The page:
Skip to content
My WebMD Sign In, Sign Up

Alzheimer's Disease Health Center

Font Size

End of Life Caregiving

Emotional and Spiritual Comfort

In addition to physical pain, your loved one may experience emotional and spiritual pain. They are experiencing many losses including the loss of control over their own life. It is important for you to continue to explain what is happening with your loved ones care, condition, and any other changes.


  • Try and take time each day to talk to them about their feelings and to share your feelings with them.
  • Be patient with yourself and the care recipient. Listen to what they want to share with you.
  • Whatever feelings they have-let them know that they have a right to feel that way; do not try and talk them out of their feelings.
  • Your loved one may wish to discuss their fears, concerns or distress with someone else, encourage them to do so. Offer to contact a friend, counselor or chaplain, and give your loved one privacy.
  • Ask for help. The best way you can support someone else is to take care of yourself.

Care for Yourself

Caregiving can be a rewarding and exhausting experience. It is important that you manage the stress of being a caregiver by attending to your needs.


  • Make a list of specific things that you need help with: grocery shopping, laundry, errands, lawn care, housecleaning, or spending time with the care recipient so you can do something else. When someone says "let me know if there is anything I can do" point to the list!
  • Take a break from caregiving-even if it is 15 minutes a day that you do something just for you.
  • Exercise and eat healthy.
  • Subscribe to caregiving newsletters or Listservs for advice/support when caregiving for a loved one.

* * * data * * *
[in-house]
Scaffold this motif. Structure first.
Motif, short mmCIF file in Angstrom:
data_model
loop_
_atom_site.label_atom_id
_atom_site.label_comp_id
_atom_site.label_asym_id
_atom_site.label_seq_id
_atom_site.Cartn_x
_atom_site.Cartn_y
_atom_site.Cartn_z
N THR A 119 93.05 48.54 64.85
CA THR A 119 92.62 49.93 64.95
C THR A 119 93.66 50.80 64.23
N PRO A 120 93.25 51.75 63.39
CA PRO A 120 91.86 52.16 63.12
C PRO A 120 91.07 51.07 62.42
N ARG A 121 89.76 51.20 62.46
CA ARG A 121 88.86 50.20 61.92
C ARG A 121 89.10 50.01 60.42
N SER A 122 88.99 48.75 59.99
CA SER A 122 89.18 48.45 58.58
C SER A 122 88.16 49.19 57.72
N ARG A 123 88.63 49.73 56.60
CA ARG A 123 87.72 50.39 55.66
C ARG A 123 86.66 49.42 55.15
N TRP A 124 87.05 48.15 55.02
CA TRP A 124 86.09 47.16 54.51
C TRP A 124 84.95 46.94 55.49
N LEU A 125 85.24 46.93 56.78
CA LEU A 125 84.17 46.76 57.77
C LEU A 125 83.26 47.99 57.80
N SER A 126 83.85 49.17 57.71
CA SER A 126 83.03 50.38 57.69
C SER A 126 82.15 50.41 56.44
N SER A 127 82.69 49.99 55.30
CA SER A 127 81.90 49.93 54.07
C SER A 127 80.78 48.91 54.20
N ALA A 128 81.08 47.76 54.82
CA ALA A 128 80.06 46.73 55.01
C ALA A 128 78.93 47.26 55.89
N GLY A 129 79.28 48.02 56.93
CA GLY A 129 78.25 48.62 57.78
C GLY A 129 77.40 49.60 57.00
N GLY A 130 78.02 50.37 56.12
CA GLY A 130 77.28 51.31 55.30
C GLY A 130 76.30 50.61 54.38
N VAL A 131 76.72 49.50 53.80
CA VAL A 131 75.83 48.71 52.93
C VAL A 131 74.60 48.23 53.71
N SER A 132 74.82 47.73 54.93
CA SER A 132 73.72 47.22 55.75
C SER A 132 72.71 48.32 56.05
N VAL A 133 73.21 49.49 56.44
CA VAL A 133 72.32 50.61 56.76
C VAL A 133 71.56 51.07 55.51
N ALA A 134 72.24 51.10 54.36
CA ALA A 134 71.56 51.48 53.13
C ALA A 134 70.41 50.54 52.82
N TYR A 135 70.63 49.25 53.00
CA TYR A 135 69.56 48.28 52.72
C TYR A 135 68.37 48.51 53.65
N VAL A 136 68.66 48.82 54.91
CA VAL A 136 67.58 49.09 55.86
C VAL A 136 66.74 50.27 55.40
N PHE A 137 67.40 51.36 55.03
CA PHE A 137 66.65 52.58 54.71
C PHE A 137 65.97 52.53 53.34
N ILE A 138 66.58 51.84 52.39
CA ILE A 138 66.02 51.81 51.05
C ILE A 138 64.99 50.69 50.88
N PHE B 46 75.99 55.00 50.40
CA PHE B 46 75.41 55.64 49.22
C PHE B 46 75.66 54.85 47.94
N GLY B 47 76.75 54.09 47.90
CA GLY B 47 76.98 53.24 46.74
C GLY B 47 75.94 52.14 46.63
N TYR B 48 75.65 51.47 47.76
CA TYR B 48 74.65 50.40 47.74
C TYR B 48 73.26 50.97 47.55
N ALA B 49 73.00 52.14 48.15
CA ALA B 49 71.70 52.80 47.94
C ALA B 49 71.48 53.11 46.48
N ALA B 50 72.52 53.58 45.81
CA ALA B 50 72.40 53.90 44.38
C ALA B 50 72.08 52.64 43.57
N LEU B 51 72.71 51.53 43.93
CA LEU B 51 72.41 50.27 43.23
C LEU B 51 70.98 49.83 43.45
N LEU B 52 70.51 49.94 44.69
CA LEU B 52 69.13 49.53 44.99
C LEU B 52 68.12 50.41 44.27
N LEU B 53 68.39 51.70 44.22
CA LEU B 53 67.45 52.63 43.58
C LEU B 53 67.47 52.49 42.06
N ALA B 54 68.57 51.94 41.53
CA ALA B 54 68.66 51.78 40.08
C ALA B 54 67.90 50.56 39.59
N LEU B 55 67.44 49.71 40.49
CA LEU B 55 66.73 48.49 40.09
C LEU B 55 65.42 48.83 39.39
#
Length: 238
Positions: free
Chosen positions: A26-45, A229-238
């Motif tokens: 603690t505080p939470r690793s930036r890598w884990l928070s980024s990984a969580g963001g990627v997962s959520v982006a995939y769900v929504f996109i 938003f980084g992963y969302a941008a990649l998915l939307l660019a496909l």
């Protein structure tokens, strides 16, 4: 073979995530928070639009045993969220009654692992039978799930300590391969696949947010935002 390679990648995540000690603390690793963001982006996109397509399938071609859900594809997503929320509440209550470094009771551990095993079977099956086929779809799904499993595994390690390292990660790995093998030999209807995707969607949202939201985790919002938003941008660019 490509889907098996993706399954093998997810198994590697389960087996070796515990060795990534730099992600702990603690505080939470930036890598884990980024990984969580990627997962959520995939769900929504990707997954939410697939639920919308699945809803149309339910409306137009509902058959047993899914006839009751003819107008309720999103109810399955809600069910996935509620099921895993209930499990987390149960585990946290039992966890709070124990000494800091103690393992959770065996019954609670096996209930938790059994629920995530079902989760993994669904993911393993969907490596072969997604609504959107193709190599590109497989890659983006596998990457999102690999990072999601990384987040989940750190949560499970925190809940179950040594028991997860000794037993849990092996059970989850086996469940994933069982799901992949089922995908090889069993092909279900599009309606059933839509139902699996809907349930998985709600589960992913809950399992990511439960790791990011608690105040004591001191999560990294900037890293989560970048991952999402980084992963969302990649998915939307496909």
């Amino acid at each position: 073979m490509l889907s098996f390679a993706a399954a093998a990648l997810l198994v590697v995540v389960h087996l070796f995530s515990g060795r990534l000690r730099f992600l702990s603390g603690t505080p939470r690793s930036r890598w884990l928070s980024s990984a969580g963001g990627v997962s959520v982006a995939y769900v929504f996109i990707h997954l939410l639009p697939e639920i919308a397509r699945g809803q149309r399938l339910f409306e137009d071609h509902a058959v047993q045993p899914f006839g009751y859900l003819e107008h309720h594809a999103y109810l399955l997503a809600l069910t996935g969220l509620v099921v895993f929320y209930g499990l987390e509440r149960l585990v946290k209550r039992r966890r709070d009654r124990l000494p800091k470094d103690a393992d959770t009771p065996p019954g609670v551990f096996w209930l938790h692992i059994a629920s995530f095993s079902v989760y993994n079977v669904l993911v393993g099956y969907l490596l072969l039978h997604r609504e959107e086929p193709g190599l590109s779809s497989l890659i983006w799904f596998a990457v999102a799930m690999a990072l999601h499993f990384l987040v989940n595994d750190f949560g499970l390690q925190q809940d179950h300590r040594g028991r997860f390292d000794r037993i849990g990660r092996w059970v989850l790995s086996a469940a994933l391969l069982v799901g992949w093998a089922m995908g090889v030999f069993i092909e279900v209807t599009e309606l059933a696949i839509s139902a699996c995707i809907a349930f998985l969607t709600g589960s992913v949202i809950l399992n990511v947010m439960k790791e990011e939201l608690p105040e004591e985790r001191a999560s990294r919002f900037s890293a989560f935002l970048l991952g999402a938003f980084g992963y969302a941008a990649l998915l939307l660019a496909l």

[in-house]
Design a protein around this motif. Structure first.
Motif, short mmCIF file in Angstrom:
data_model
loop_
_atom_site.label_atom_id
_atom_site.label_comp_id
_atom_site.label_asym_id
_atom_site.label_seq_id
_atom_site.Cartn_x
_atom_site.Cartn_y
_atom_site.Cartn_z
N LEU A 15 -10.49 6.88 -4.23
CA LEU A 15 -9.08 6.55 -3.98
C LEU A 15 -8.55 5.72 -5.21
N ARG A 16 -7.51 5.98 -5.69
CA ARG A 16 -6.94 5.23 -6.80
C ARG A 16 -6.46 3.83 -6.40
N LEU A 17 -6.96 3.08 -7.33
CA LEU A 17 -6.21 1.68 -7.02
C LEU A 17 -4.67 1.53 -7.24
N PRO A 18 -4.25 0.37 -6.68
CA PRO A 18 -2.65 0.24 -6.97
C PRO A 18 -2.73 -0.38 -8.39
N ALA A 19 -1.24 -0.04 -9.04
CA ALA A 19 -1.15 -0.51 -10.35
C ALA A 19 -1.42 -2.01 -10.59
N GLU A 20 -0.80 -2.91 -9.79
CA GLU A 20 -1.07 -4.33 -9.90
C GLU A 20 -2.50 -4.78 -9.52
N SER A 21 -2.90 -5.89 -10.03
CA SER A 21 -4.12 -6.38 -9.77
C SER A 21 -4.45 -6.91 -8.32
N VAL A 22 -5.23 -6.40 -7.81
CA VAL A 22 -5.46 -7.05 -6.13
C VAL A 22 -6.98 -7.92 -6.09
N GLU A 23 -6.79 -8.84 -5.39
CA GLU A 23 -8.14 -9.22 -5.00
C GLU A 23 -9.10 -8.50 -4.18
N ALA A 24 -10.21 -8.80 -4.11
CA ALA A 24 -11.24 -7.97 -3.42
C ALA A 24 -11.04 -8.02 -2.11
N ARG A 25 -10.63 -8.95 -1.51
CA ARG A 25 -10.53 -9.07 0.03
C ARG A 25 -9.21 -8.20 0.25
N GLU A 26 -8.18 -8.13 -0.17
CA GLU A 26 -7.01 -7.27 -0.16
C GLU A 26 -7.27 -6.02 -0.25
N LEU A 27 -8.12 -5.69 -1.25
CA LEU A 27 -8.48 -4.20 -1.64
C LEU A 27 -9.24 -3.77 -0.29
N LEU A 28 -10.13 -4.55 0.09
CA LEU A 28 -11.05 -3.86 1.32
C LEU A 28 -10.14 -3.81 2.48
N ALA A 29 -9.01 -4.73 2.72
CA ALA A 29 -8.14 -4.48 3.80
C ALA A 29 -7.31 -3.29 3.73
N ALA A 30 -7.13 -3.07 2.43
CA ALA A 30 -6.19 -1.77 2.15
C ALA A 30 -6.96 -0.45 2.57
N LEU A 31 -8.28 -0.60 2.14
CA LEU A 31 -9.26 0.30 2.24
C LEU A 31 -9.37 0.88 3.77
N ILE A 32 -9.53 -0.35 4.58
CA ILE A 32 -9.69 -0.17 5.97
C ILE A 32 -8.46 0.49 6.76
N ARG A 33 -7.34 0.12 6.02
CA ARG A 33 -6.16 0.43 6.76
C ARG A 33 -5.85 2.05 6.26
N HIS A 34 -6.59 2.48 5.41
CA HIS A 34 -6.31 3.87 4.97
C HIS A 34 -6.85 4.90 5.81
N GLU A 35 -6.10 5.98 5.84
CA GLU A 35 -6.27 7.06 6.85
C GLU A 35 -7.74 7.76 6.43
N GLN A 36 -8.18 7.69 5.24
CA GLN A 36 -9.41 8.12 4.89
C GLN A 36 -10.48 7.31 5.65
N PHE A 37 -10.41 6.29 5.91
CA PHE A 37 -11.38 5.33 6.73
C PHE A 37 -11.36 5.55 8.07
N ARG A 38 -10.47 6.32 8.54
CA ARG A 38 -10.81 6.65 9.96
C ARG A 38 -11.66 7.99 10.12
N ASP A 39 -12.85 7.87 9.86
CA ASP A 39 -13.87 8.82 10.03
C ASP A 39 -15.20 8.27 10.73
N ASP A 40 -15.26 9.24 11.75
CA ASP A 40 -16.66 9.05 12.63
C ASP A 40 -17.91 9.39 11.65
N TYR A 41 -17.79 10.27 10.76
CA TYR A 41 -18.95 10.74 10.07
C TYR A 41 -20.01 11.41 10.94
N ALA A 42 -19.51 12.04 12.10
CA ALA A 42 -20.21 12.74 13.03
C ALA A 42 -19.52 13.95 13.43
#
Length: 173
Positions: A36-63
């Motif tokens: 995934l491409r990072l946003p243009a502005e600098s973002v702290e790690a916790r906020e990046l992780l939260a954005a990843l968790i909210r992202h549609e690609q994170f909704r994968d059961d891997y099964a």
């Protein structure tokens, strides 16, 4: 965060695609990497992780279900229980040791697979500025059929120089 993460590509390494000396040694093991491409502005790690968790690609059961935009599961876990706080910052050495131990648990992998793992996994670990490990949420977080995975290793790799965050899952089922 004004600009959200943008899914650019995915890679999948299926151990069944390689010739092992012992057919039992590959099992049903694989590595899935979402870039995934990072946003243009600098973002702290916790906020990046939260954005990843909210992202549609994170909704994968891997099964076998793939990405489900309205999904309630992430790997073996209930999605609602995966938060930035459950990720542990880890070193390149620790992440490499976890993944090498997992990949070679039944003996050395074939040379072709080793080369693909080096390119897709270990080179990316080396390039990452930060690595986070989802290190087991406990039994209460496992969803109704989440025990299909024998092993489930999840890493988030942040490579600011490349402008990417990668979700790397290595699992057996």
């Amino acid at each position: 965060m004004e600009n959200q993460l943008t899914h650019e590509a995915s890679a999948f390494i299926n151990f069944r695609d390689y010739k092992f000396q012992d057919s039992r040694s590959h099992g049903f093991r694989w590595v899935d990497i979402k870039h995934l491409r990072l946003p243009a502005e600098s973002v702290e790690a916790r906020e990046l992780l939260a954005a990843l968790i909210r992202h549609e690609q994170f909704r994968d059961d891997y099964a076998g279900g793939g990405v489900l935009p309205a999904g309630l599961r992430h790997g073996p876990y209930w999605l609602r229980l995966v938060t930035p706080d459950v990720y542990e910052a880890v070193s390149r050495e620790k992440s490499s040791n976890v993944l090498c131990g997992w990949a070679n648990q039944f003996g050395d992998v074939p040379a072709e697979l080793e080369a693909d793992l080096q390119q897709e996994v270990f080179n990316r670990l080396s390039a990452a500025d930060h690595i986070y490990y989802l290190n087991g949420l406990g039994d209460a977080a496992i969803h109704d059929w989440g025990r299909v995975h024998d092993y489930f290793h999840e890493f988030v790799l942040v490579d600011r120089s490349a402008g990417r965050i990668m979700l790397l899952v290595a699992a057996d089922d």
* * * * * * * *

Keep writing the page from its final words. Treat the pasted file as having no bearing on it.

• Attend a support group for caregivers.
  • Pay attention to your needs and seek professional help to address grief, anxiety, or other issues. Many caregivers have times when they are lonely, anxious, guilty, angry, scared, frustrated, confused, lost and tired. If you feel like these feelings are overwhelming you, call your doctor, hospice or another community resource (see below) for help.

Being Prepared

Caregiving often comes with new responsibilities and unfamiliar tasks, yet most caregivers never receive training. The following information may help you with a current situation or prepare you for what may happen.

Decision Making
Has the person you are caring for told you their wishes for end-of-life care? In the event that you are asked to make or help make decisions it is important for you to talk about issues, including thoughts about potential life-prolonging treatments. Advance directives are tools that enable people to write down their preferences on a legal form and appoint someone to speak for them if they are no longer able. A living will, health care power of attorney, financial power of attorney, and plan for after care (funeral arrangements) can help ensure peace of mind for the ill person as well as you as the caregiver.

WebMD Medical Reference from the National Hospice and Palliative Care Organization

Today on WebMD

alzheimer's disease warning signs
Alzheimers Overview
Best Memory Boosting Games
mri scan of human brain
senior man
daughter and father
Making Diagnosis
Colored mri of brain
Close up of elderly couple holding hands
senior woman with lost expression
Woman comforting ailing mother
Alzheimers Dementia